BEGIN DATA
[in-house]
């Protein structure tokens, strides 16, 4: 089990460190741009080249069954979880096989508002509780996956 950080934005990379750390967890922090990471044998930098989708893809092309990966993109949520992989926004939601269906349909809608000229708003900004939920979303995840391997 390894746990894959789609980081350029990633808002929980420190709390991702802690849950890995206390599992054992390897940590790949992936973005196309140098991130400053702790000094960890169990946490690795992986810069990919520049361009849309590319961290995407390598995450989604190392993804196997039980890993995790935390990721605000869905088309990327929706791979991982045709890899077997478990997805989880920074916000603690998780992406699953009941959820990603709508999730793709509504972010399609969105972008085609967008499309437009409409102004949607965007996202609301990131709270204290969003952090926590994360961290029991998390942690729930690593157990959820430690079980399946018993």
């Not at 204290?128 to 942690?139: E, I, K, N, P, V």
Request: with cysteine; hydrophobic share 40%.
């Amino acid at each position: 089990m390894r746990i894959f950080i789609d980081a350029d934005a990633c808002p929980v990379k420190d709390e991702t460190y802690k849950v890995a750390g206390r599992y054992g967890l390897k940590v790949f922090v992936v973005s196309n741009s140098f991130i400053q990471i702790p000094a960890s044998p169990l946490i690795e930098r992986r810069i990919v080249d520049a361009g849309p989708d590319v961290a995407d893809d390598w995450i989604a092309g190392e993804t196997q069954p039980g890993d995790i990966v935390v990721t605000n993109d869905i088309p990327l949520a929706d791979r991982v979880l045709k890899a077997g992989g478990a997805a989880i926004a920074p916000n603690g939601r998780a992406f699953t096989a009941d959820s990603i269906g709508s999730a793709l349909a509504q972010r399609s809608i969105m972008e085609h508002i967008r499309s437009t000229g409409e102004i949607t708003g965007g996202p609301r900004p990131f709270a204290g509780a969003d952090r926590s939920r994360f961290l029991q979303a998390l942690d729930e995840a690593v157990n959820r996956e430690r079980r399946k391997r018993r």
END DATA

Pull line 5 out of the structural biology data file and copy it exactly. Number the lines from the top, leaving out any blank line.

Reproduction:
């Amino acid at each position: 089990m390894r746990i894959f950080i789609d980081a350029d934005a990633c808002p929980v990379k420190d709390e991702t460190y802690k849950v890995a750390g206390r599992y054992g967890l390897k940590v790949f922090v992936v973005s196309n741009s140098f991130i400053q990471i702790p000094a960890s044998p169990l946490i690795e930098r992986r810069i990919v080249d520049a361009g849309p989708d590319v961290a995407d893809d390598w995450i989604a092309g190392e993804t196997q069954p039980g890993d995790i990966v935390v990721t605000n993109d869905i088309p990327l949520a929706d791979r991982v979880l045709k890899a077997g992989g478990a997805a989880i926004a920074p916000n603690g939601r998780a992406f699953t096989a009941d959820s990603i269906g709508s999730a793709l349909a509504q972010r399609s809608i969105m972008e085609h508002i967008r499309s437009t000229g409409e102004i949607t708003g965007g996202p609301r900004p990131f709270a204290g509780a969003d952090r926590s939920r994360f961290l029991q979303a998390l942690d729930e995840a690593v157990n959820r996956e430690r079980r399946k391997r018993r």